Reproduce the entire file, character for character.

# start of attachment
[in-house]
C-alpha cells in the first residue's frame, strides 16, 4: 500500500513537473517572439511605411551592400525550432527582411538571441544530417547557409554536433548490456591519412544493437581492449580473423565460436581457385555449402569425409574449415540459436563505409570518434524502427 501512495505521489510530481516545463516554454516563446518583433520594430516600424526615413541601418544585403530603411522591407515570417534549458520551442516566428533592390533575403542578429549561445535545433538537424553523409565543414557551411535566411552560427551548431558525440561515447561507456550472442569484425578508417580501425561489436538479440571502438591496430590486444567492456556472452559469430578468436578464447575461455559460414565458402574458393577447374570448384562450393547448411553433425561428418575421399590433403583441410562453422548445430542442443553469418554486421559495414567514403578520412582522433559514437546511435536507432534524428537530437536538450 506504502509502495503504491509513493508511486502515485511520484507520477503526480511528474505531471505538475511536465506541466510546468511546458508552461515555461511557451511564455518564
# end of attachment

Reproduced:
[in-house]
C-alpha cells in the first residue's frame, strides 16, 4: 500500500513537473517572439511605411551592400525550432527582411538571441544530417547557409554536433548490456591519412544493437581492449580473423565460436581457385555449402569425409574449415540459436563505409570518434524502427 501512495505521489510530481516545463516554454516563446518583433520594430516600424526615413541601418544585403530603411522591407515570417534549458520551442516566428533592390533575403542578429549561445535545433538537424553523409565543414557551411535566411552560427551548431558525440561515447561507456550472442569484425578508417580501425561489436538479440571502438591496430590486444567492456556472452559469430578468436578464447575461455559460414565458402574458393577447374570448384562450393547448411553433425561428418575421399590433403583441410562453422548445430542442443553469418554486421559495414567514403578520412582522433559514437546511435536507432534524428537530437536538450 506504502509502495503504491509513493508511486502515485511520484507520477503526480511528474505531471505538475511536465506541466510546468511546458508552461515555461511557451511564455518564